In an effort to improve the lives of children and adults with kidney disease, Children's Hospital of Philadelphia (CHOP) and Penn Medicine are jointly launching the Penn-CHOP Kidney Innovation Center. The first-of-its-kind center will advance research to transform patient care for those of all ages, focusing on the early detection, prevention, and treatment of kidney disease and its complications.
More than 850 million people suffer from kidney disease, and kidney disease is one of the fastest growing causes of death, so there is a pressing need to accelerate breakthroughs in our understanding and treatment of the condition. This center will draw from experts across both institutions, using interdisciplinary collaboration as the driving force to accelerate research that improves the health and well-being of all patients with kidney disease."
Katalin Susztak, MD, PhD, co-director, professor of Nephrology and Genetics at the Perelman School of Medicine at the University of Pennsylvania
The center will focus on three main areas: fostering cutting-edge discoveries through collaboration between Penn and CHOP; recruiting and growing top talent to key areas that align with the center's mission; and building the next generation of nephrology researchers through an enhanced training and mentorship program.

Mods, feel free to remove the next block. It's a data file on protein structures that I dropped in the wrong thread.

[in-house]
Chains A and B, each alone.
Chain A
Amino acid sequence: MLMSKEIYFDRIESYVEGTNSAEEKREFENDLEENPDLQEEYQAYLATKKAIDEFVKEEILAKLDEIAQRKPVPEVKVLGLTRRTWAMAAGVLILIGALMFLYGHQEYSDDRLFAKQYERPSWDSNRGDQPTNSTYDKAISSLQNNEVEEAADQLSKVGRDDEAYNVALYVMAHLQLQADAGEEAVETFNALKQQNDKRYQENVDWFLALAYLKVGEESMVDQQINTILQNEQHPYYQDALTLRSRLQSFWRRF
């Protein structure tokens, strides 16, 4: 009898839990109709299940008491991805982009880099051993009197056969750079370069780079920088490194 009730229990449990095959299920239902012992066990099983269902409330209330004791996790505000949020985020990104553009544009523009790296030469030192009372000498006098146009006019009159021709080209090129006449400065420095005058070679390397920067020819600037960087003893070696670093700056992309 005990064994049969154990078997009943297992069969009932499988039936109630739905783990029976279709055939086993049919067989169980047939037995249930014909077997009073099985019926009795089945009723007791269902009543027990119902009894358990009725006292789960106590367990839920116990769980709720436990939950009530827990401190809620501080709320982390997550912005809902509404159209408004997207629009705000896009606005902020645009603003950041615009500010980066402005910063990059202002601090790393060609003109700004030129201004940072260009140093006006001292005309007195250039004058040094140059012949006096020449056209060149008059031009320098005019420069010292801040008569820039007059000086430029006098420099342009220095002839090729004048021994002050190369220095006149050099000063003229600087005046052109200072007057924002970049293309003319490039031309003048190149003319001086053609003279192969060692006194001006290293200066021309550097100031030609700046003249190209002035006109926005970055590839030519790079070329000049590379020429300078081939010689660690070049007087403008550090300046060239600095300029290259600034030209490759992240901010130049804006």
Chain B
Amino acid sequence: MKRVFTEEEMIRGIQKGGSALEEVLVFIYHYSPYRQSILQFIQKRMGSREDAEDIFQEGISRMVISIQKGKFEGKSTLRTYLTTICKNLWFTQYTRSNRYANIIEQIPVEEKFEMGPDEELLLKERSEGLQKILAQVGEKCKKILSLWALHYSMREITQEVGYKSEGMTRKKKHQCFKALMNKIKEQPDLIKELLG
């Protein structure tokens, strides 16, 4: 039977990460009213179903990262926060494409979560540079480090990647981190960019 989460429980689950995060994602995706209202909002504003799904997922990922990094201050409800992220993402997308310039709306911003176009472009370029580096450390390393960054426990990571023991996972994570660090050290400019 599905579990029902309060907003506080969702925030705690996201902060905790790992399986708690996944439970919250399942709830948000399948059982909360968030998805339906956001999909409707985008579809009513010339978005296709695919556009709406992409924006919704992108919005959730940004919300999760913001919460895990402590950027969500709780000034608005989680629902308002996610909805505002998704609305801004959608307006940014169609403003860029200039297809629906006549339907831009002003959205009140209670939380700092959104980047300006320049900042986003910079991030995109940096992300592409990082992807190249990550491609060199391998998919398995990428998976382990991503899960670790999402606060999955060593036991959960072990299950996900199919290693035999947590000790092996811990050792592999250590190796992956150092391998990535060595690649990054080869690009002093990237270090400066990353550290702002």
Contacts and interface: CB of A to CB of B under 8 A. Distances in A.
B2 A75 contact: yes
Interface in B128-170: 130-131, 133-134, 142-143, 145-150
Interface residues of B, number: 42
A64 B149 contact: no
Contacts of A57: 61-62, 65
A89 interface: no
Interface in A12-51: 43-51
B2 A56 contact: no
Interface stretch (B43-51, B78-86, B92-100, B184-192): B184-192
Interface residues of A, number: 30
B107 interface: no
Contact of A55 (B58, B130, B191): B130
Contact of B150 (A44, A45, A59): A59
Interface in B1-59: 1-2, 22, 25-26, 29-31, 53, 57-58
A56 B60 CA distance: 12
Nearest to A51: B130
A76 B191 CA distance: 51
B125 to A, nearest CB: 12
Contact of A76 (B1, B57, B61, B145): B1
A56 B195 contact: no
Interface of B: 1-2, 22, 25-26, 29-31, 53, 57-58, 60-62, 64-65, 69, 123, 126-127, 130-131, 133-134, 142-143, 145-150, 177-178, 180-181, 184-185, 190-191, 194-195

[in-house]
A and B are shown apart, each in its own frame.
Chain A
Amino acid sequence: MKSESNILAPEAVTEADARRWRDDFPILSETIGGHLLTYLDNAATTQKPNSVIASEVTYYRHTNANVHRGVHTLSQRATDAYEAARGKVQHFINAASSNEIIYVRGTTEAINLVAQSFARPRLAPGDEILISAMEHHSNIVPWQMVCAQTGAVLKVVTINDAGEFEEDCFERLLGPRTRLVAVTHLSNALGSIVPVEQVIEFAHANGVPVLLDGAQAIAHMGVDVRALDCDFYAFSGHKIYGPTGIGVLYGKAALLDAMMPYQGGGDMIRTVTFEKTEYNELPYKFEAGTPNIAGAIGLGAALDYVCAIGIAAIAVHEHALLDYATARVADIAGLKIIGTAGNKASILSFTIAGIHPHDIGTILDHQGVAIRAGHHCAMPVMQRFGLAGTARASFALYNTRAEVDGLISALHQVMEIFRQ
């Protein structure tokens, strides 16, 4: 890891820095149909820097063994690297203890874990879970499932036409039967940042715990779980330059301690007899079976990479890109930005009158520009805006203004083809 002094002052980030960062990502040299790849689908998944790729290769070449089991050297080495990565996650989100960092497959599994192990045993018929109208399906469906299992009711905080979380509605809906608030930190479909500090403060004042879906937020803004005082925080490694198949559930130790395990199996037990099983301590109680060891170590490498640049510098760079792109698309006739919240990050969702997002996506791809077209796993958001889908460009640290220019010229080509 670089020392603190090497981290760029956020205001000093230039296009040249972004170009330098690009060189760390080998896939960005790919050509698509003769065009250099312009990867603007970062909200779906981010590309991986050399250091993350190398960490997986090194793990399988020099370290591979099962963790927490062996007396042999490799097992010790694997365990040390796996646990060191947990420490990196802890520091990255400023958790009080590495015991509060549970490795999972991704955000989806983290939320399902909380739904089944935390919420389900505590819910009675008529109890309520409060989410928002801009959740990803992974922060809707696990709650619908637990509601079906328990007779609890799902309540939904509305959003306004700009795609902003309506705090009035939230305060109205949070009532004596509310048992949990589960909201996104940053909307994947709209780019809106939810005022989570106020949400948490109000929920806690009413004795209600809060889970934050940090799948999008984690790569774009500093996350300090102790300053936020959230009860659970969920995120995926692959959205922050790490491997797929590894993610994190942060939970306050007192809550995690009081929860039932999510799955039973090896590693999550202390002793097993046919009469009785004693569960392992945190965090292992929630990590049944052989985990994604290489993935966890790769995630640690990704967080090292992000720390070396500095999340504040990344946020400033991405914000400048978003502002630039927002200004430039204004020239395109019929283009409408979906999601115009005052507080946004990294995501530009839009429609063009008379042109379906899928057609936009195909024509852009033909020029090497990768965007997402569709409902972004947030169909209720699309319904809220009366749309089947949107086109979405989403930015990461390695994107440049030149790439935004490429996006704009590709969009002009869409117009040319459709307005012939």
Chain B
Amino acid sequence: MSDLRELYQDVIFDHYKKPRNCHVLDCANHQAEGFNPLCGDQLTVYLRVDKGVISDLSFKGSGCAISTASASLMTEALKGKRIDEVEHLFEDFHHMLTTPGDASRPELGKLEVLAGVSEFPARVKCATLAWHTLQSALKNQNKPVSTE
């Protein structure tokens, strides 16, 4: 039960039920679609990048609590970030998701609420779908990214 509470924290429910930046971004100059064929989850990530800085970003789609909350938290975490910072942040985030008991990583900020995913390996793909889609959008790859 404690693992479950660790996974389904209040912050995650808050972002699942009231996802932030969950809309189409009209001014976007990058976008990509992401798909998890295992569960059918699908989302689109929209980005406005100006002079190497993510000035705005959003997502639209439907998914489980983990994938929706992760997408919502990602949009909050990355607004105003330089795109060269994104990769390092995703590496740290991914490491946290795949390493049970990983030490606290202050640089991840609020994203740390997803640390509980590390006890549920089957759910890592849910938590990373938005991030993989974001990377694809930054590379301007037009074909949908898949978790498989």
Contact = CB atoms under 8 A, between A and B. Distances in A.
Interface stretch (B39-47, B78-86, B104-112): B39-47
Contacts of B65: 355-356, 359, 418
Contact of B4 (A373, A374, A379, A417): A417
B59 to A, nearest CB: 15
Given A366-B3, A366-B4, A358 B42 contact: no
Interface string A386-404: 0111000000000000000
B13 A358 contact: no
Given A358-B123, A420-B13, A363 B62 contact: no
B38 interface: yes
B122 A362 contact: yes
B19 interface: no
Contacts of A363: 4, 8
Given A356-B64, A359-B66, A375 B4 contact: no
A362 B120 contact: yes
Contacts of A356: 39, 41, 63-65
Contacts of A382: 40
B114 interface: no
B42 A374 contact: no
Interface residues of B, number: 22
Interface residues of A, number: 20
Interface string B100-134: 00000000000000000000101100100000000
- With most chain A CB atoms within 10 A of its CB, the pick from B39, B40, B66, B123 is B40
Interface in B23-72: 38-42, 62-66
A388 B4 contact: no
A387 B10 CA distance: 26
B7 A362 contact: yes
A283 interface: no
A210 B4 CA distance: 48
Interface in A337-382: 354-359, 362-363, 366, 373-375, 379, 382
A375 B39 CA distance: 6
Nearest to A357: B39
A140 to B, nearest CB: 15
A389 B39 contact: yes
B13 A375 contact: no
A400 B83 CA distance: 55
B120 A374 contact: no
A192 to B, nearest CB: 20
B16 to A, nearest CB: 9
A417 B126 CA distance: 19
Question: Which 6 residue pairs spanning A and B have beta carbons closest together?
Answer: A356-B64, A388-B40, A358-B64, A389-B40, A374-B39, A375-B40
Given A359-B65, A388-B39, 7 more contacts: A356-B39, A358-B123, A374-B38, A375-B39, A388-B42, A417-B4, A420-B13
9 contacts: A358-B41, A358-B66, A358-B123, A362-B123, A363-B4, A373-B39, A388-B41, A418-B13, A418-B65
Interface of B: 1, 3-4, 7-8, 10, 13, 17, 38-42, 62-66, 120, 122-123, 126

"By bringing pediatric and adult kidney researchers under one umbrella, we will accelerate the pace of discovery for both populations," said co-director Michelle Denburg, MD, MSCE, Director of Research for the Division of Nephrology at CHOP and an associate professor of Pediatrics and Epidemiology at Penn. "Some processes of kidney disease are shared in adults and children, and others are unique, but in both cases, promoting crosstalk between researchers can shed light on mechanisms of disease for both children and adults and lead to precise diagnostics and treatments."
The Kidney Innovation Center brings together scientists in clinical epidemiology, biostatistics, bioinformatics, computational biology, genetics, pathology, physiology, biochemistry, immunology, genomics, pharmacology, psychology, and education. Researchers will take a bench-to-bedside, big data approach, investigating the molecular pathways, genetics, and biochemistry involved in kidney disease and identifying targets for potential therapies.
The center will promote a culture of cooperation and discovery among researchers at CHOP, Penn, and beyond by hosting an Annual Kidney Life Course Research Symposium, as well as regular meetings, journal clubs and shared resources. It will also grow local talent through training in the latest research methods and the administration of a pilot grant program.
Learn more here about research already underway in Susztak's laboratory, which explores the molecular pathways that govern chronic kidney disease development, and in the NIH-funded CHOP Pediatric Center of Excellence in Nephrology.
Children's Hospital of Philadelphia
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